Between managing the kids, the house, work and other commitments, it’s not uncommon to feel like every bit of energy has been sapped out of you. But if that exhaustion is coupled with unexplained weight gain, sensitivity to heat and cold or even hair loss, it could be a sign of a thyroid disorder. More than 20 million people in the country—mostly female—live with thyroid disease. How do you know if you have one of these disorders and how do you treat it?


The thyroid is a small but powerful butterfly-shaped gland at the front of the neck that produces the hormone thyroxine, which affects the entire body—brain, skin, hair, weight, energy and more. Because the thyroid’s influence is so widespread, symptoms alone aren’t enough to diagnose thyroid disease. What makes it even harder to diagnose is the fact that most people with symptoms don’t have thyroid disease, according to Fredric E. Wondisford, MD, professor and chair of medicine at Rutgers- Robert Wood Johnson School of Medicine.


A primary care physician can diagnose thyroid disease by feeling the thyroid gland, considering family history and ordering blood tests. “TSH (thyroid stimulating hormone) is the single best test for detecting thyroid disease,” says Wondisford. TSH is the hormone the pituitary gland produces to regulate the amount of thyroxine the thyroid makes. High TSH is a sign of hypothyroidism, or an underactive thyroid. Low TSH is a sign of hyperthyroidism, or an overactive thyroid.

There are two other blood tests. One checks the thyroxine level; the other checks for antibodies, which can mistakenly attack the thyroid. Antibodies are signs of a possible autoimmune disease. If diagnosed with a thyroid disorder, or if there’s a family history, Wondisford advises patients to see an endocrinologist for treatment.


The most common thyroid disease, hypothyroidism, means the thyroid is not producing enough hormone. Symptoms include fatigue, depression, frequent and heavy menstrual periods, forgetfulness, trouble concentrating, weight gain, hair loss, dry and coarse skin and hair, hoarseness, muscle aches, elevated cholesterol and extreme sensitivity to cold.

Hypothyroidism can also be a symptom of Hashimoto’s disease, an autoimmune disease in which the body attacks the thyroid. Since hypothyroidism involves too little of the hormone being produced, the treatment is to prescribe synthetic or artificial thyroid hormone, like levothyroxine.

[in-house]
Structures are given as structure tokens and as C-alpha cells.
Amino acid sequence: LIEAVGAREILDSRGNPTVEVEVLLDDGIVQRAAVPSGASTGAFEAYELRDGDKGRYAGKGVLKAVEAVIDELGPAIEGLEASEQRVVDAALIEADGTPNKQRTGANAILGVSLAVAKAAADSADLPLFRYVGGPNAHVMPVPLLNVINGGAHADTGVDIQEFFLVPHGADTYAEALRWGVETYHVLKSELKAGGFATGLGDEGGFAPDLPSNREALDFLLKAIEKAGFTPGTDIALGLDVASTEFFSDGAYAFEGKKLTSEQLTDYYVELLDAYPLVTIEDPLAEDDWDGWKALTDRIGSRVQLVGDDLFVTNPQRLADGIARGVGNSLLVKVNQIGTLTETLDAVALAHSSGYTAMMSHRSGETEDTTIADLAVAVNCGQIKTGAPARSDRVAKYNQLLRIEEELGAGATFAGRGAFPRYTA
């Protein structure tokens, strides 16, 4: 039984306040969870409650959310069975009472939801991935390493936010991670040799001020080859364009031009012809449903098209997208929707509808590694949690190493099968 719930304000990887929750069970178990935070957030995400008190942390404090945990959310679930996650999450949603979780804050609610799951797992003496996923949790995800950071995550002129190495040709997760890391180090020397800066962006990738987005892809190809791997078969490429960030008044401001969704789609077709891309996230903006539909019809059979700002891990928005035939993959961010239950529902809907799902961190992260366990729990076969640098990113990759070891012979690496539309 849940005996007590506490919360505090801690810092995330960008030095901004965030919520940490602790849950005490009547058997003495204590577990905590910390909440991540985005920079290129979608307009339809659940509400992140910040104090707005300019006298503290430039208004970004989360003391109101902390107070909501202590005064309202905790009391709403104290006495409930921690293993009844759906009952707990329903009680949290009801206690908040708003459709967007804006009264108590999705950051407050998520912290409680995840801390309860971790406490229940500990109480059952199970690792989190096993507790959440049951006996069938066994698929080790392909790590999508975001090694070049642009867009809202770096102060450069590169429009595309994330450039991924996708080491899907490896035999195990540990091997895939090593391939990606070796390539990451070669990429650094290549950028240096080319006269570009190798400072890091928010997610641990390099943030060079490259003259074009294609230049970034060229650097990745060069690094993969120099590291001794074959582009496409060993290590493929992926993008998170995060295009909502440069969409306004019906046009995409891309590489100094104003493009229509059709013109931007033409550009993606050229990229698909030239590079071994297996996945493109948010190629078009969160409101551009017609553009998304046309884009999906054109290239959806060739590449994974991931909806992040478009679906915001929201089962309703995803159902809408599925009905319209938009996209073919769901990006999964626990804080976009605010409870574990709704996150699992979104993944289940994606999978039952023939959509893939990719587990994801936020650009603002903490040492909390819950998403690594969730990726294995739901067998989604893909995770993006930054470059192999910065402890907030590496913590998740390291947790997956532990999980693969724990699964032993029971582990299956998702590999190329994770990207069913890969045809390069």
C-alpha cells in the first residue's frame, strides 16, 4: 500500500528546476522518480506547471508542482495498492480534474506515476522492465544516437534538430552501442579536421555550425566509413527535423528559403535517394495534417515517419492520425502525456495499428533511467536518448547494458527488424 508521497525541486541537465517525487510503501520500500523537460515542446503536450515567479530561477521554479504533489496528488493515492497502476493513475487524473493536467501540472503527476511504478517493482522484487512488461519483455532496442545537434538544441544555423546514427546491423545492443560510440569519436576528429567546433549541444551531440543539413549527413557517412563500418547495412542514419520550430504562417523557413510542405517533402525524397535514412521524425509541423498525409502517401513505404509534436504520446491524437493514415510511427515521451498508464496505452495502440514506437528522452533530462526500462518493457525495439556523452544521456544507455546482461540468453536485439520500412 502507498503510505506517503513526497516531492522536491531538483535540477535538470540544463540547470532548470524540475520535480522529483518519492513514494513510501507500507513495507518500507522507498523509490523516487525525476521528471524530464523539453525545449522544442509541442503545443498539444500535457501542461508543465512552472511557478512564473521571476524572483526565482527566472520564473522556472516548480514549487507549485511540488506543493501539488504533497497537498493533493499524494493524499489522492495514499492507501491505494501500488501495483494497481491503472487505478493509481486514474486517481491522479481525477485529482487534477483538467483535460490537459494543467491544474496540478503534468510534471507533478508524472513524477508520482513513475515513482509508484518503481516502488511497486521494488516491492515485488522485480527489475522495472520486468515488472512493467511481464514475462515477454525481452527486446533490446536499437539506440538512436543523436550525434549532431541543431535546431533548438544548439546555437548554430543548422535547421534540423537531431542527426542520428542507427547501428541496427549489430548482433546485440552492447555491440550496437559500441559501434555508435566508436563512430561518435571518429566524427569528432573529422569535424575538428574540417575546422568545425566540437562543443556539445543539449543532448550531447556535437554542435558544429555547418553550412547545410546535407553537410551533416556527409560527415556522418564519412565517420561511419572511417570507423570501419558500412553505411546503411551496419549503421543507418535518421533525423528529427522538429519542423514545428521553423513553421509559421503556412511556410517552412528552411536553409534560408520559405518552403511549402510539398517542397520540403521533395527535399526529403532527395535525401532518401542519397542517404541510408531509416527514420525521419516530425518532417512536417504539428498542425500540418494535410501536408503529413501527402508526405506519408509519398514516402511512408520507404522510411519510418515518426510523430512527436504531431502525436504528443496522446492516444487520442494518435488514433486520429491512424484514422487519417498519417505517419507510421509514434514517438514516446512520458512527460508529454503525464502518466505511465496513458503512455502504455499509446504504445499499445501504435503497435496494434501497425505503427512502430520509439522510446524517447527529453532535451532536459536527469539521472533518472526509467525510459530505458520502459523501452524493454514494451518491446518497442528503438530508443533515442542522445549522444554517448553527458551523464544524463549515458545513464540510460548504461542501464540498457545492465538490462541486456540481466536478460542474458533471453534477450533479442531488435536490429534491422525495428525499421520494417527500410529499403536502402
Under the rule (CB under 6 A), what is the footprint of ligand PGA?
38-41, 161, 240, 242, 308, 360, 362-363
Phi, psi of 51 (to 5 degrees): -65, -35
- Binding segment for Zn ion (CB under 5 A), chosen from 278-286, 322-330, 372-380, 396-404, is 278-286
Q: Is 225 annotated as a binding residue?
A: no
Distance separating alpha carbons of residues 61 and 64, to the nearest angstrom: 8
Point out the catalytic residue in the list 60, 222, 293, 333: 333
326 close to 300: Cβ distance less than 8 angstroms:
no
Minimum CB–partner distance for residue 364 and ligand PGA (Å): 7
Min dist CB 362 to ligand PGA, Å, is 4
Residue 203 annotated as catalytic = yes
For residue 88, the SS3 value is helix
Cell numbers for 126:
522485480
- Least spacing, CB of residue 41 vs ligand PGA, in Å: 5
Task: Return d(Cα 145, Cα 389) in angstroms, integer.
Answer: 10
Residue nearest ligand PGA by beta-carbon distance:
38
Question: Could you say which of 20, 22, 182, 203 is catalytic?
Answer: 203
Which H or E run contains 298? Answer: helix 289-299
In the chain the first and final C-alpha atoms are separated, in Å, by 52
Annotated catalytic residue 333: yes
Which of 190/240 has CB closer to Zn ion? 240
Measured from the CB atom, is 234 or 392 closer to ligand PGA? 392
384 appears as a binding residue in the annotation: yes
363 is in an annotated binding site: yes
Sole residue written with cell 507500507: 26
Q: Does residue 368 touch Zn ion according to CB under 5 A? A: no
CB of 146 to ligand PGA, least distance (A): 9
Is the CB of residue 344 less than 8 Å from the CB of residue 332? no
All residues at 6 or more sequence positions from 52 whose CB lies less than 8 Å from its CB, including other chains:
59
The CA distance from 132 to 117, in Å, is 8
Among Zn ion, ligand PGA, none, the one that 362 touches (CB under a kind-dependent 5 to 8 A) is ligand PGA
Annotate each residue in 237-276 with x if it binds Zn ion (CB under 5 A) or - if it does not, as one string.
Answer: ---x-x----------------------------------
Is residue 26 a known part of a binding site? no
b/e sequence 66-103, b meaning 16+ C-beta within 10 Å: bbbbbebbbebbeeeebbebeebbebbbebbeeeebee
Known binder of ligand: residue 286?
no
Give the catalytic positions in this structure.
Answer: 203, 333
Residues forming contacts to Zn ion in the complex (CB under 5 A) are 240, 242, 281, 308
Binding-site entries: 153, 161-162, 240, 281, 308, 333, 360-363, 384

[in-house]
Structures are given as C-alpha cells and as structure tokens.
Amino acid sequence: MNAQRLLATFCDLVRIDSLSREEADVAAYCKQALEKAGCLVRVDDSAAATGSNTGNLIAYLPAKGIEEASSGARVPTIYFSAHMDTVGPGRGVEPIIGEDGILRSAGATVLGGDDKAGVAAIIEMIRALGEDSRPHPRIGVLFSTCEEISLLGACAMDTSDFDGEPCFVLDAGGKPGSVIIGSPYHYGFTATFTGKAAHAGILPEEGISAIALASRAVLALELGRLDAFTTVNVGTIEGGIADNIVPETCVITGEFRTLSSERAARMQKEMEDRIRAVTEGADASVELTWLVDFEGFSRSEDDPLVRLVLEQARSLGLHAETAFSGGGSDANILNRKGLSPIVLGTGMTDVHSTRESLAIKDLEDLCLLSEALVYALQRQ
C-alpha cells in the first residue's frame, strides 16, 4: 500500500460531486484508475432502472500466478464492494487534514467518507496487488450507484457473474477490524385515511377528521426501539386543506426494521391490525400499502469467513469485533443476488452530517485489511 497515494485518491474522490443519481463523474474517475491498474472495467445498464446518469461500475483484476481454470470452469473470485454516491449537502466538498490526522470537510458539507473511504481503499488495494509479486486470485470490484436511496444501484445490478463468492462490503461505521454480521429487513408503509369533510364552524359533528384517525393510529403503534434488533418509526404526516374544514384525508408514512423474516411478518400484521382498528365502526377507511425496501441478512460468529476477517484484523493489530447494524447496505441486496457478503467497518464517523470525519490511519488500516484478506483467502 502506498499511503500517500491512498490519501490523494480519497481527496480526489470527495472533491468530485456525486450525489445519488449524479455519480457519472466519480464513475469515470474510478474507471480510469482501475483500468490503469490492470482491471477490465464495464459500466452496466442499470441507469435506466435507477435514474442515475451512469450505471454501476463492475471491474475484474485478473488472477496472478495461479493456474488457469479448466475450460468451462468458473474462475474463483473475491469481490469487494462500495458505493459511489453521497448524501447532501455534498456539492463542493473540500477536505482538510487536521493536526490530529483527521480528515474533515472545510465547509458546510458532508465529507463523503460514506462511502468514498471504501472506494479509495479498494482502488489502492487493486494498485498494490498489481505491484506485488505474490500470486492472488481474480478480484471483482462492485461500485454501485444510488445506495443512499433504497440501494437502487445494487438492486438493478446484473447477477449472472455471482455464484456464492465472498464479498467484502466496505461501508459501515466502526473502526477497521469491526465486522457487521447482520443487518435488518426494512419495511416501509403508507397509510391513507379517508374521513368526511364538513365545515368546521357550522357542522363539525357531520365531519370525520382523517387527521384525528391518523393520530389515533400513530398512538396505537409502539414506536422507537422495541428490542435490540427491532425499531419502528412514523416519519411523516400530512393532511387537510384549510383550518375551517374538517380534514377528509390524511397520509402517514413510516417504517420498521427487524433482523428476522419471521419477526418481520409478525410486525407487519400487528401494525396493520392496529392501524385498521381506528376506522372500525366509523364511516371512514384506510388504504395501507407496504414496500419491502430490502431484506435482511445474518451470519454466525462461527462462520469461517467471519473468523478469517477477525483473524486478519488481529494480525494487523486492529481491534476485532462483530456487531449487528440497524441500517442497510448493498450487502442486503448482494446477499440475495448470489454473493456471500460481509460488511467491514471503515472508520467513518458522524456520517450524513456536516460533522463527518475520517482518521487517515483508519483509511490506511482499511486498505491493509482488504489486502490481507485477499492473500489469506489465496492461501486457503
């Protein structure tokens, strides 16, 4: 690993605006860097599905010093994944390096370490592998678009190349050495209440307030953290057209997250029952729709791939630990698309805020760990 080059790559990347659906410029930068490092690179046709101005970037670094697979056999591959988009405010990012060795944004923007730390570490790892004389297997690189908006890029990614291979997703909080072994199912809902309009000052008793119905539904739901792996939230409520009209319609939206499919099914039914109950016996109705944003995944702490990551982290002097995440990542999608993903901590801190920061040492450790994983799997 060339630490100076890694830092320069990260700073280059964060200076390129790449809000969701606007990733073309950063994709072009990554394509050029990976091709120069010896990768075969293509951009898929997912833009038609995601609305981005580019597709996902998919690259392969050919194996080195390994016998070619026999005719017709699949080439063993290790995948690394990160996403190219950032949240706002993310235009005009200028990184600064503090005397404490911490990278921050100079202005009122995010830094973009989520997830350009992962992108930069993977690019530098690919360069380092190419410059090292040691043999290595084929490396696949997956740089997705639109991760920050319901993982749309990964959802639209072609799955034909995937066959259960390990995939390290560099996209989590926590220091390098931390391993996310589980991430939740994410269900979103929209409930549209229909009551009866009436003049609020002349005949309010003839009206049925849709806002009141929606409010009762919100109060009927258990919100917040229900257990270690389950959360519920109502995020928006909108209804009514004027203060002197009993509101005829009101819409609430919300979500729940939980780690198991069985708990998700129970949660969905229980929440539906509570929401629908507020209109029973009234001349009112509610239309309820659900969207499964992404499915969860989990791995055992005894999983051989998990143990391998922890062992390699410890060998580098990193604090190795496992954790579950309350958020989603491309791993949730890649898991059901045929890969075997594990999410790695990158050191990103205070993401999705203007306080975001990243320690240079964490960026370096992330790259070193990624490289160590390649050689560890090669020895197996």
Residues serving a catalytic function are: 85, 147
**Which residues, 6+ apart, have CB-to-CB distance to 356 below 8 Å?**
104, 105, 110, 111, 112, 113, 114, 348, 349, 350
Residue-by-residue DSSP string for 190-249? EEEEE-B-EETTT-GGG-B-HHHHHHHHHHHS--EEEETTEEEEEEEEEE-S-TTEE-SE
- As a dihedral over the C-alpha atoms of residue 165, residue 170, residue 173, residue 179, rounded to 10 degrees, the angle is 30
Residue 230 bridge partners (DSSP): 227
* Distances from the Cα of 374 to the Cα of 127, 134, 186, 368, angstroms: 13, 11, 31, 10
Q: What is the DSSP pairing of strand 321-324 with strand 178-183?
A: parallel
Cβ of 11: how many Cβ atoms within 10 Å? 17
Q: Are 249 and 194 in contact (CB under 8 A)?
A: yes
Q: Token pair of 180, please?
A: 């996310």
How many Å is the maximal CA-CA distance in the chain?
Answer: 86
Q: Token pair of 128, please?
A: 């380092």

With hyperthyroidism, the thyroid produces too much thyroid hormone. This overstimulates the body so it rapidly sucks up all your energy. Symptoms include weight loss, nervousness, irritability, increased sweating, rapid heartbeat, shaky hands, anxiety, difficulty sleeping, thinning of the skin, fine and brittle hair, more frequent bowel movements and light or less frequent menstrual cycles.

With Graves’ disease, the most common form of hyperthyroidism, symptoms also include bulging eyes, eyes that appear enlarged and an abnormally large thyroid, also known as a goiter.

Since hyperthyroidism is caused by the production of too much thyroid hormone, treatment includes taking drugs that block thyroid hormone production, using radioactive iodine to keep the thyroid from making thyroxine hormone or thyroid removal surgery.


Nodules are growths on the thyroid. The best way to detect them is with an ultrasound. Though most are small, noncancerous and don’t require treatment, they should be checked regularly to see if they’ve grown. Depending on the cause, medical treatment includes iodine supplements, artificial thyroid hormone or shrinking the goiter with radioactive iodine. Thyroid cancer develops from the tissues of the thyroid gland. If cancer is detected and treated early, there’s a high chance of successfully removing it.


There are a variety of issues that can affect your thyroid function. According to Mark Hyman, MD, director of the Cleveland Clinic’s Center for Functional Medicine and a New York Times bestselling author, we can improve our thyroid function by taking medication and avoiding the following triggers, he says on his website (drhyman.com). They include:

• Chronic stress—the more stress, the less the thyroid functions

• Diets that lack certain nutrients, such as iodine (which the thyroid needs to make the thyroxine hormone), vitamin D, omega-3 fats, selenium, zinc, vitamin A and B vitamins

• Chronic inflammation caused by gluten and genetically modified grains, which interfere with the thyroid

• Heavy metals, like mercury, in the blood Andrea Beaman, holistic health coach, herbalist and author of Happy, Healthy Thyroid, knows firsthand the importance of addressing lifestyle and dietary patterns that damage the thyroid. After being diagnosed with an abnormally large thyroid, she refused irradiated iodine treatments. “Those would have destroyed [my] goiter and made me have a hypothyroid for life,” says Beaman (andreabeaman.com). Instead, she made dietary and lifestyle changes. She started exercising, actively avoiding stress, eating organic fruits and vegetables and cutting out sugar, artificial sugar, gluten and chemical food additives. Eighteen months later, her goiter disappeared. Within two years, her thyroid levels were normal.

Treatment for conditions like a thyroid disorder is never black and white; patients and circumstances vary. Explore your options, then talk to your doctor about what’s right for you. For more information, head to clevelandclinic.org and womenshealth.gov.

Karen Gibbs is a freelance lifestyle writer based in Louisiana.